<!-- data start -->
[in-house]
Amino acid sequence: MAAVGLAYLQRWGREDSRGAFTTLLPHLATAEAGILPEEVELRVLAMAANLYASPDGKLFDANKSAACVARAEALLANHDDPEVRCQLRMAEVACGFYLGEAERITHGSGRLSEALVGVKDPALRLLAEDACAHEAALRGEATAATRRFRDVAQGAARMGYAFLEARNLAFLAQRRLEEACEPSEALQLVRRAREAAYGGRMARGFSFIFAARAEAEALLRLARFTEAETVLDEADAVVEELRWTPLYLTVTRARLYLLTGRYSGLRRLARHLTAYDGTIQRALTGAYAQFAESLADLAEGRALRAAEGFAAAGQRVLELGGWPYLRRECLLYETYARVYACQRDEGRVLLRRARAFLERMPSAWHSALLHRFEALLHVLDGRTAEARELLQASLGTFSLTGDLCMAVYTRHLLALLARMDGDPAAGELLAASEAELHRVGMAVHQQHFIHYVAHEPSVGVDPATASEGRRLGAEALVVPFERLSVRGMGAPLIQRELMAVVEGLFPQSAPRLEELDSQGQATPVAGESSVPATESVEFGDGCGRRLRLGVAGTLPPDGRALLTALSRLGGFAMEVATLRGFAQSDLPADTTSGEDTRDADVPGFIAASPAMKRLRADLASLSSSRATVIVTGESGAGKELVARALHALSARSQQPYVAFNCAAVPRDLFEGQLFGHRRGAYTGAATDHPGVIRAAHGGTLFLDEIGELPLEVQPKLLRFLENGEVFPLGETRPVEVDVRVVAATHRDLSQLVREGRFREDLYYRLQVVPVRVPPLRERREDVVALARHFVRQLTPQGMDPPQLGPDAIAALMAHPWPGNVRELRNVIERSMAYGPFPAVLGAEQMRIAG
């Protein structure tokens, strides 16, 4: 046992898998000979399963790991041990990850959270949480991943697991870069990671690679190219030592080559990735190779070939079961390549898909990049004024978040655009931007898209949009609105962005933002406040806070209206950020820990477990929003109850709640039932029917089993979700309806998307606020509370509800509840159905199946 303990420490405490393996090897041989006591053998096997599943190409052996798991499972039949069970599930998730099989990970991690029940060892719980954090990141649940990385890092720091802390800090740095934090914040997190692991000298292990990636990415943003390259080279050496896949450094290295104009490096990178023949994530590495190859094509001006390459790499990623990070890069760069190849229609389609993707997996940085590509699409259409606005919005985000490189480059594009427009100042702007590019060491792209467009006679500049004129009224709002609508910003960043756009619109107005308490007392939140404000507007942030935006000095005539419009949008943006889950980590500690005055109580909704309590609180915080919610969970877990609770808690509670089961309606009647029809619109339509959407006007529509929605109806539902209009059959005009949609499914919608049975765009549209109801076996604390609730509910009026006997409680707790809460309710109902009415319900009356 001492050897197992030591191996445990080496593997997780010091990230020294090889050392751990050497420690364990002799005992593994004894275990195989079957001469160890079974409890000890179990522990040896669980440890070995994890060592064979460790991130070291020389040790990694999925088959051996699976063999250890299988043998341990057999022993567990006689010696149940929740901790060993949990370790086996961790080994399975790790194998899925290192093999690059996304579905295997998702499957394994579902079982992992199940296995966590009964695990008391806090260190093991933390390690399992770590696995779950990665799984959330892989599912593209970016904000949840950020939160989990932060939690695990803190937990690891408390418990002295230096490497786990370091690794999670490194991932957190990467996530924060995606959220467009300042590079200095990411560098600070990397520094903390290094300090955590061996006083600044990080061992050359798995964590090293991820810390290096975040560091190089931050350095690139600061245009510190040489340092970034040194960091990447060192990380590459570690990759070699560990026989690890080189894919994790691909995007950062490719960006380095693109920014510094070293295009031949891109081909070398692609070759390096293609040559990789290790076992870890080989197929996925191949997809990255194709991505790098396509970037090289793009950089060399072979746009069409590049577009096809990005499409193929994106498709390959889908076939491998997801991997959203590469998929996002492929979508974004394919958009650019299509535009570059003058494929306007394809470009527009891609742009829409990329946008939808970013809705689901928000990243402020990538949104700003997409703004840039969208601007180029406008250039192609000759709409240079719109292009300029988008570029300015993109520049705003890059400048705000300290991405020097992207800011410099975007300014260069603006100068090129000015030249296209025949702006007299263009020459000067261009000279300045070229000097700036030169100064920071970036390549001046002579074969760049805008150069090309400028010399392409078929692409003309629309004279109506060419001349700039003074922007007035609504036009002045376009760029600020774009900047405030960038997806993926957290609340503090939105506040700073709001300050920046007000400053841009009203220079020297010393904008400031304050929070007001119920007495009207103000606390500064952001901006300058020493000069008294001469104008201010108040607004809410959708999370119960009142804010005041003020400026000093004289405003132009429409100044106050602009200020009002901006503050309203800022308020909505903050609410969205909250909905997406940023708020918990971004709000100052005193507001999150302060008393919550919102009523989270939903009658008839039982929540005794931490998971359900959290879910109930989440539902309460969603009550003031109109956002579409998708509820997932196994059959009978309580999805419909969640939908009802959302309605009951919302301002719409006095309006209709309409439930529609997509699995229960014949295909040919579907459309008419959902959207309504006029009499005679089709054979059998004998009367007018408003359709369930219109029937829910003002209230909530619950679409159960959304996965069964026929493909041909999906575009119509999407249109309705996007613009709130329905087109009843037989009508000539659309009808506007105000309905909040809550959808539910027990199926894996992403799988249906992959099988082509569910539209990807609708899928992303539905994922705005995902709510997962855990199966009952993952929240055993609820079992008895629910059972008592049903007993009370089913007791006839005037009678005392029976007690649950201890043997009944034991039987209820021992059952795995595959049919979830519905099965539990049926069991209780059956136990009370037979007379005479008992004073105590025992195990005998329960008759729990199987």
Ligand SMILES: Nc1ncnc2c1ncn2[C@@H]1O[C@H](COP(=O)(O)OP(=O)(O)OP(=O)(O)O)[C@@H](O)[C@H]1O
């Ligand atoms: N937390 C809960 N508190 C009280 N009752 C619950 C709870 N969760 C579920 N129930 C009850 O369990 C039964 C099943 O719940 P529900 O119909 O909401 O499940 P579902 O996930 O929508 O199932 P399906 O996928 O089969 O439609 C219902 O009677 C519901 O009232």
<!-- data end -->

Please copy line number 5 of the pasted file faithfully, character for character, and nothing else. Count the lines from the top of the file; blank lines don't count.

């Ligand atoms: N937390 C809960 N508190 C009280 N009752 C619950 C709870 N969760 C579920 N129930 C009850 O369990 C039964 C099943 O719940 P529900 O119909 O909401 O499940 P579902 O996930 O929508 O199932 P399906 O996928 O089969 O439609 C219902 O009677 C519901 O009232």